Ukrainian President Volodymyr Zelenskyy said he was planning to meet his Chinese counterpart after Beijing called for urgent peace talks to end the war in Ukraine.

"I am planning to meet President Xi Jinping," he told reporters on Friday as Ukraine marked the first anniversary of Russia's invasion.

"This will be important for world security," he said.

Mr Zelenskyy did not say when or where he was planning to meet Mr Xi but expressed hope that China would support a "just peace" and Ukraine.

China on Friday called for urgent peace talks as it released a 12-point plan to end the war in Ukraine.

 

"It's an important signal that they are preparing to take part in this theme," Mr Zelenskyy said, suggesting that Beijing did not offer a concrete plan but some "thoughts".

"So far, I see this as a signal — I don't know what will happen later."

He also called on Beijing not to provide Moscow with arms, something China has already said it has no plans to do.

"I very much want to believe that China will not deliver weapons to Russia, and for me this is very important," Mr Zelenskyy said.

"This is point number one."

 

The Ukrainian leader also said that any plan that did not include a full Russian troop withdrawal would be unacceptable to Kyiv.

China has sought to position itself as a neutral party in the conflict, while maintaining close ties with strategic ally Russia.

Russia said it appreciated Beijing's efforts to settle the conflict but insisted that any solution should recognise Kremlin control over four Ukrainian regions.

China's proposal was met by scepticism from Ukraine's allies.

Nato chief Jens Stoltenberg said Beijing "doesn't have much credibility because they have not been able to condemn the illegal invasion of Ukraine".

 

"[Russian President Vladimir] Putin is applauding it, so how could it be any good?" US President Joe Biden told ABC in an interview.

And German President Frank-Walter Steinmeier said that while "every constructive suggestion that brings us closer on the path to a just peace is highly welcome... whether global power China wants to play such a constructive role is still doubtful".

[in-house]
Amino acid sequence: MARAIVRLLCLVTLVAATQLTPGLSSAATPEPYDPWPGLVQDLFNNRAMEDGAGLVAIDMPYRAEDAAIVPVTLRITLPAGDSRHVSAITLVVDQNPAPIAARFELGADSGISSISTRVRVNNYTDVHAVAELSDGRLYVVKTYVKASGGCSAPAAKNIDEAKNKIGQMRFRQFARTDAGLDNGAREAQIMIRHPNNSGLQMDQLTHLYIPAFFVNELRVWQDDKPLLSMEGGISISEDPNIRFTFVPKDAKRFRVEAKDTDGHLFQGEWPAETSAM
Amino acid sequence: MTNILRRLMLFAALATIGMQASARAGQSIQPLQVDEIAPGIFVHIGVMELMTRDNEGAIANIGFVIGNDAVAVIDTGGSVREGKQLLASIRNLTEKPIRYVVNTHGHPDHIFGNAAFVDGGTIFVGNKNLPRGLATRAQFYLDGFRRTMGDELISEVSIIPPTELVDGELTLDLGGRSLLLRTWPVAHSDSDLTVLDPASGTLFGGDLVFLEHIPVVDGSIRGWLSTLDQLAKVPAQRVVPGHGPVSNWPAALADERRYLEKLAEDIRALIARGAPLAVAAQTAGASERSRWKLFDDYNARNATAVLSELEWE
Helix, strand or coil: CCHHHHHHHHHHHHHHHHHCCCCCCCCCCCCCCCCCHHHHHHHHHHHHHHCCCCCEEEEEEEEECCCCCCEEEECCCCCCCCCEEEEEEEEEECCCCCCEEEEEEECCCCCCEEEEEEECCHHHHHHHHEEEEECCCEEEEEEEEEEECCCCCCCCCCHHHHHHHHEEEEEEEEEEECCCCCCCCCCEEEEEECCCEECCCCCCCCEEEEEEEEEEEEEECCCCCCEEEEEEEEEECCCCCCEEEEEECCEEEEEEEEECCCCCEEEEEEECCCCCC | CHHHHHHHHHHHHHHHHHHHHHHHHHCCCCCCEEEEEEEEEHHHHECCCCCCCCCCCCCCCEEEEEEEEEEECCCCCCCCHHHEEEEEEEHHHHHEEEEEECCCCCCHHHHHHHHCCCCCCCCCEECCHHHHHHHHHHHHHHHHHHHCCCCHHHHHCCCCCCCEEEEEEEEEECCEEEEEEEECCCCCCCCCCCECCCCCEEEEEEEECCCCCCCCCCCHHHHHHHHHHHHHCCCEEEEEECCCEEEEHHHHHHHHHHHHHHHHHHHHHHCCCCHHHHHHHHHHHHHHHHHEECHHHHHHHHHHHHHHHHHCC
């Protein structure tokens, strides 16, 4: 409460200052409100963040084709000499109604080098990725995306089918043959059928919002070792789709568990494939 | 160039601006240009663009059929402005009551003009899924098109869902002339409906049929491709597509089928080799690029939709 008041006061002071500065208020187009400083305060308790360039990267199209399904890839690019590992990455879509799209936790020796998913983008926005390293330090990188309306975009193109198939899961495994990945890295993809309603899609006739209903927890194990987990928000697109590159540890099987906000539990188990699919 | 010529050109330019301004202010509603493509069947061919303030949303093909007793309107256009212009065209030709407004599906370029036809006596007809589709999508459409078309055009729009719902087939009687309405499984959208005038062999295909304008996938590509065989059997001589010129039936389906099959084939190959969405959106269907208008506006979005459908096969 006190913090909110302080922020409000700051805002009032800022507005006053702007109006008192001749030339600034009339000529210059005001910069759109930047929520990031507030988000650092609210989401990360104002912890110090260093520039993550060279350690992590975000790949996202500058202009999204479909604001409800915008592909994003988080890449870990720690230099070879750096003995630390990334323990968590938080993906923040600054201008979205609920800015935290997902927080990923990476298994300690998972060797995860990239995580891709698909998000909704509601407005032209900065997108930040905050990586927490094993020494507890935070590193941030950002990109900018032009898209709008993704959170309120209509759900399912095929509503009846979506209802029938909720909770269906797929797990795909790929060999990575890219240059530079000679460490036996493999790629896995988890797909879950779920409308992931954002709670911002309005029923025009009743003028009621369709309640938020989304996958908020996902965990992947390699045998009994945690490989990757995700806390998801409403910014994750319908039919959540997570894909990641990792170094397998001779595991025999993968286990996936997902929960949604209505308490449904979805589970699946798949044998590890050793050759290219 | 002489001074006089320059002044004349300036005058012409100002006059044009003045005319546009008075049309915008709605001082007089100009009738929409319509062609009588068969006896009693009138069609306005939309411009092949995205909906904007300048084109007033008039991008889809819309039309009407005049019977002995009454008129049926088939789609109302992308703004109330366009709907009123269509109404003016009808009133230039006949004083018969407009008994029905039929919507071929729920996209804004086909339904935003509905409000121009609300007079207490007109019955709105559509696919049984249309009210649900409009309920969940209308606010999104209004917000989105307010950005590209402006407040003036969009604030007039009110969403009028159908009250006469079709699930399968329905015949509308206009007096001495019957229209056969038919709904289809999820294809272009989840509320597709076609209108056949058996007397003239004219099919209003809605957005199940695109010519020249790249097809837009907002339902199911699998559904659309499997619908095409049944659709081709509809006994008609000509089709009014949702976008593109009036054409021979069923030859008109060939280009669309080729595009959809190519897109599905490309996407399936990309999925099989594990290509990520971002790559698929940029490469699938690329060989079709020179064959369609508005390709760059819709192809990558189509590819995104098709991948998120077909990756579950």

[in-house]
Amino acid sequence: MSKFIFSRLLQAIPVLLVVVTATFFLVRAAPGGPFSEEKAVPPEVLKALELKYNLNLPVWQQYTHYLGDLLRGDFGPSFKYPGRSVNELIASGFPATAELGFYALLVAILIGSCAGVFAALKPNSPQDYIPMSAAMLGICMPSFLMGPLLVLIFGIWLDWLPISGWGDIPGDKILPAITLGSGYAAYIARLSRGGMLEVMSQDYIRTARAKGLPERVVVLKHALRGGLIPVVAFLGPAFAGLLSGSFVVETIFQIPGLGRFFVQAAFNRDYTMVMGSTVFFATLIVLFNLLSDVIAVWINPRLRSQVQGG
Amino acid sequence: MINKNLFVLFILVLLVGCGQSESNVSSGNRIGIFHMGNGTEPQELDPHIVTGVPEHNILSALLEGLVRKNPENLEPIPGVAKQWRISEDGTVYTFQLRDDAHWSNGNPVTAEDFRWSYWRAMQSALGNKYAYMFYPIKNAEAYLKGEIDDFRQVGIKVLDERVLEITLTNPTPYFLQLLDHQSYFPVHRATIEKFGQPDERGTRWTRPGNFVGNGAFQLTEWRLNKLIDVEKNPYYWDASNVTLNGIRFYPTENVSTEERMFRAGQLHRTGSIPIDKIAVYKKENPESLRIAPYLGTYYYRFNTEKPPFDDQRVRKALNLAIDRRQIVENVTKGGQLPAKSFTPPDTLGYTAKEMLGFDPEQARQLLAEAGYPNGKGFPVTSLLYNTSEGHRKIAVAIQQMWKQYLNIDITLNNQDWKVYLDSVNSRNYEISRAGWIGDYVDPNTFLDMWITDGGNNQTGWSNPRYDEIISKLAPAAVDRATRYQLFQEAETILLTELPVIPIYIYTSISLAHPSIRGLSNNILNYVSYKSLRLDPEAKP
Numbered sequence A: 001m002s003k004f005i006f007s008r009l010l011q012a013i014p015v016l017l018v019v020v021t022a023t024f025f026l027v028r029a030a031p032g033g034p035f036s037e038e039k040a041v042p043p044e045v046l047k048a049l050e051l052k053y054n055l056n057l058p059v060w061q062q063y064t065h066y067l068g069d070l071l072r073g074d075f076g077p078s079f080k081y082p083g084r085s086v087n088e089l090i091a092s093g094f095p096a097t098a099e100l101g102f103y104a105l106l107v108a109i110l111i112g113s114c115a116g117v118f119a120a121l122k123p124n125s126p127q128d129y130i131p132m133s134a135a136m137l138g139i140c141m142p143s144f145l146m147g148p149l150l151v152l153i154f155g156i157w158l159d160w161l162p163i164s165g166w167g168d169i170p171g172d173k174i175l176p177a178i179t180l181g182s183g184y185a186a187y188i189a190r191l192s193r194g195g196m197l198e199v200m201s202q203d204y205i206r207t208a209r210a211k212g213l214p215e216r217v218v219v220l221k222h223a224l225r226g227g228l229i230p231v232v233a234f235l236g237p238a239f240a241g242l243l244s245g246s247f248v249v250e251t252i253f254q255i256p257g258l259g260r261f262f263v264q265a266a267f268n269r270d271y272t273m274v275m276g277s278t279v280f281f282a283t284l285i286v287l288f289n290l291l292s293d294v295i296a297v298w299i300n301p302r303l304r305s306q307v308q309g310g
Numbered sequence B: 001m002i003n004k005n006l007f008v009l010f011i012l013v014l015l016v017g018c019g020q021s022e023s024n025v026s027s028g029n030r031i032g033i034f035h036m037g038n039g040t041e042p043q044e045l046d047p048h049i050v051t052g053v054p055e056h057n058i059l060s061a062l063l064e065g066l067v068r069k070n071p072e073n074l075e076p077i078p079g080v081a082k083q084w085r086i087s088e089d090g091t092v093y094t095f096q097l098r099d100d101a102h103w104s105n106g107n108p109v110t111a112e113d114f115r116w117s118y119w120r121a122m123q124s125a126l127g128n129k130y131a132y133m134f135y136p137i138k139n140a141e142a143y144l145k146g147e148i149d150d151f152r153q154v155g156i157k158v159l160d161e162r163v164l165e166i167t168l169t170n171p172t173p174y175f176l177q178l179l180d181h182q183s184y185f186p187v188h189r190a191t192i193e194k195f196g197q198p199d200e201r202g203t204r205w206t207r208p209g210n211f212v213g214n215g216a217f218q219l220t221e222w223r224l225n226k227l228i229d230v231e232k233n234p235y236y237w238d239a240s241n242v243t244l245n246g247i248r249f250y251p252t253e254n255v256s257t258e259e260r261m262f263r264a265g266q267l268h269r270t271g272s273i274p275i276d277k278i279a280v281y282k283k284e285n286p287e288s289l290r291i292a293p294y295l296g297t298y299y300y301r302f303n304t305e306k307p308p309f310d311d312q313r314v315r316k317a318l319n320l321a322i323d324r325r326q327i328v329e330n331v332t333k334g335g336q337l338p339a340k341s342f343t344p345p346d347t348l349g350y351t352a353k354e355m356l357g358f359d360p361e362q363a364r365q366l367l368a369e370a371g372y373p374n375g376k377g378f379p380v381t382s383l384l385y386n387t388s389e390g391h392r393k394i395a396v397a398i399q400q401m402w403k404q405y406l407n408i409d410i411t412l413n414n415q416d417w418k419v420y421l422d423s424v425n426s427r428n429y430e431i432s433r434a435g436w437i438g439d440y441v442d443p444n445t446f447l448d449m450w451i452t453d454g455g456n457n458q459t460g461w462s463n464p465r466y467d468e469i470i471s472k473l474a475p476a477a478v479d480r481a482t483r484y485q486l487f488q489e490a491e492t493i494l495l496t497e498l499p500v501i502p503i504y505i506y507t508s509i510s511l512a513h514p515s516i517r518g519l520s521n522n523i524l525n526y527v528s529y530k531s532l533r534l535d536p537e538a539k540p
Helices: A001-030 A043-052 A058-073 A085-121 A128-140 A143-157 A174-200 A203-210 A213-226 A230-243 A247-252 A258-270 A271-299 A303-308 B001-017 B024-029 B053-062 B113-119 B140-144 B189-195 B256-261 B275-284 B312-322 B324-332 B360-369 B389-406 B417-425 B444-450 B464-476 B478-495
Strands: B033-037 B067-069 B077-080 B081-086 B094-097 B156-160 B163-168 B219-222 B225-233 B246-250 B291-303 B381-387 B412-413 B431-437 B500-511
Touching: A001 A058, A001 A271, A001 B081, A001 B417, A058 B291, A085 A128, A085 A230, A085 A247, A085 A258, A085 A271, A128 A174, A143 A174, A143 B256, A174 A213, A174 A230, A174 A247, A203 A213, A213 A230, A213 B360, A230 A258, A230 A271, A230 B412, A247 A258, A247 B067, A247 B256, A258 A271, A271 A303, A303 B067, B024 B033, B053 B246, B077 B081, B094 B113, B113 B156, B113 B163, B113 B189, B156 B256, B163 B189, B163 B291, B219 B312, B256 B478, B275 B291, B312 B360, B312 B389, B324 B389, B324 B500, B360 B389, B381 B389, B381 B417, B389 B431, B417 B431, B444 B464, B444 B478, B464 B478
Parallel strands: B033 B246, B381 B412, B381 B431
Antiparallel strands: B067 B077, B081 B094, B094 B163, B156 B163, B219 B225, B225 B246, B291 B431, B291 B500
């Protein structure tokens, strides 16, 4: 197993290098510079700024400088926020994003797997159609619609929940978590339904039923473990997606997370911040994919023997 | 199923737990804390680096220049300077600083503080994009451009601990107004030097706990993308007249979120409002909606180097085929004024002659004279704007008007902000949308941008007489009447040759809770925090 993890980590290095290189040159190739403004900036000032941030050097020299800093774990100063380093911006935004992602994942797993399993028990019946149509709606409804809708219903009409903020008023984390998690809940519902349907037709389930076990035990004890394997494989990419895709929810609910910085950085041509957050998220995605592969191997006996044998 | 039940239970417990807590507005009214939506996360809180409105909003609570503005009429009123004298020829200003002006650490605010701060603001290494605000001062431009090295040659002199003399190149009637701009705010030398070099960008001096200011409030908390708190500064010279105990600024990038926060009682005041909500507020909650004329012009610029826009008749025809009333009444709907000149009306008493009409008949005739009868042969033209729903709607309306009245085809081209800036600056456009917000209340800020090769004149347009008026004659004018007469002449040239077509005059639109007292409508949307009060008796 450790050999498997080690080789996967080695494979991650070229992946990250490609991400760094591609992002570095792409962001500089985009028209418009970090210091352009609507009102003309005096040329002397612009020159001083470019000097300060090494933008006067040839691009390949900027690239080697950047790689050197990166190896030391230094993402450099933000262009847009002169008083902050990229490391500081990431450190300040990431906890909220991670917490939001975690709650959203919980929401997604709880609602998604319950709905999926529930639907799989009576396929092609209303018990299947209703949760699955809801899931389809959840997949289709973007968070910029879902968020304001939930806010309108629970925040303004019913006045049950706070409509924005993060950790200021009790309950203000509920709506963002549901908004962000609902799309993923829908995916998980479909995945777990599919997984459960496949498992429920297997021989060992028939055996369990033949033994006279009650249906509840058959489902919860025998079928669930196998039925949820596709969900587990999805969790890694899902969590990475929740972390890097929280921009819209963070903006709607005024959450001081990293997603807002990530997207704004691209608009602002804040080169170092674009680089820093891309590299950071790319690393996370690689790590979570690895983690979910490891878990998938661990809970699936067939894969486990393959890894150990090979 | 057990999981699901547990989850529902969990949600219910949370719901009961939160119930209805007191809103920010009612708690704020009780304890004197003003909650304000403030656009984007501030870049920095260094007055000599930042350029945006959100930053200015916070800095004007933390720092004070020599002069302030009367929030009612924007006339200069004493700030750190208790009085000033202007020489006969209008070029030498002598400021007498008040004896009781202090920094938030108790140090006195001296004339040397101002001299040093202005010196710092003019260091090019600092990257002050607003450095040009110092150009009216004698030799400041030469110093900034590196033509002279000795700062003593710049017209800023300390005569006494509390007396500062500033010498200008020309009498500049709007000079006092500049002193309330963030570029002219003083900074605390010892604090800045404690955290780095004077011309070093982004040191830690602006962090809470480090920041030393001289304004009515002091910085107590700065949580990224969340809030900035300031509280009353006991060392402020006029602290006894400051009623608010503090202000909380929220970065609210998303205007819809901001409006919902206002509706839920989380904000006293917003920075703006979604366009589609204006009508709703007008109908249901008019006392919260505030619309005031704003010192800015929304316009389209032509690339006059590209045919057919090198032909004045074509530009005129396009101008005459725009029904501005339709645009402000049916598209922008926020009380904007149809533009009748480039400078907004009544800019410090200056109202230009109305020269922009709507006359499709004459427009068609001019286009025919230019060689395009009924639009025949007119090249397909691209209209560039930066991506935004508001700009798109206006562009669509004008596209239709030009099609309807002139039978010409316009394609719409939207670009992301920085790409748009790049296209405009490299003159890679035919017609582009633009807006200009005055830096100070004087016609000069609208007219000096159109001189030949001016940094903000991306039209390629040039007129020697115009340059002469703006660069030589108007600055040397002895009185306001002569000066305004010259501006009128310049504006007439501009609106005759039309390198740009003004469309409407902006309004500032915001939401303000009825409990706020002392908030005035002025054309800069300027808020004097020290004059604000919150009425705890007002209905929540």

China announced on Saturday that Belarusian President Alexander Lukashenko would begin a four-day state visit on Tuesday.

Mr Lukashenko is a staunch ally of Mr Putin and has backed Moscow's invasion of Ukraine.

Mr Xi and Mr Lukashenko announced an "all-weather" strategic partnership, when they met in the Uzbek city of Samarkand in September.

 

Meanwhile, French President Emmanuel Macron said he would visit China in early April, in part to seek Chinese help with ending the war in Ukraine.

"The fact that China engages in peace efforts is a good thing," Mr Macron told reporters at an agricultural fair in Paris on Saturday.

"China must help us put pressure on Russia so that it never uses chemical or nuclear weapons, [an effort] which China has already made, and that it stops its aggression as a precondition for talks," he said.

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A jet flies by the balloon. Reuters

A jet flies by the balloon. Reuters

Three unidentified flying “objects” that the Pentagon shot down over North America did not have any propulsion systems, were not being manoeuvred and were not alien in origin, the White House said on Monday.

The most recent downing happened on Sunday when an object flying at about 6,000 metres was shot down over Lake Huron, one of North America's five Great Lakes. Two other objects had been shot down over the preceding two days, one over Alaska and one in Canada.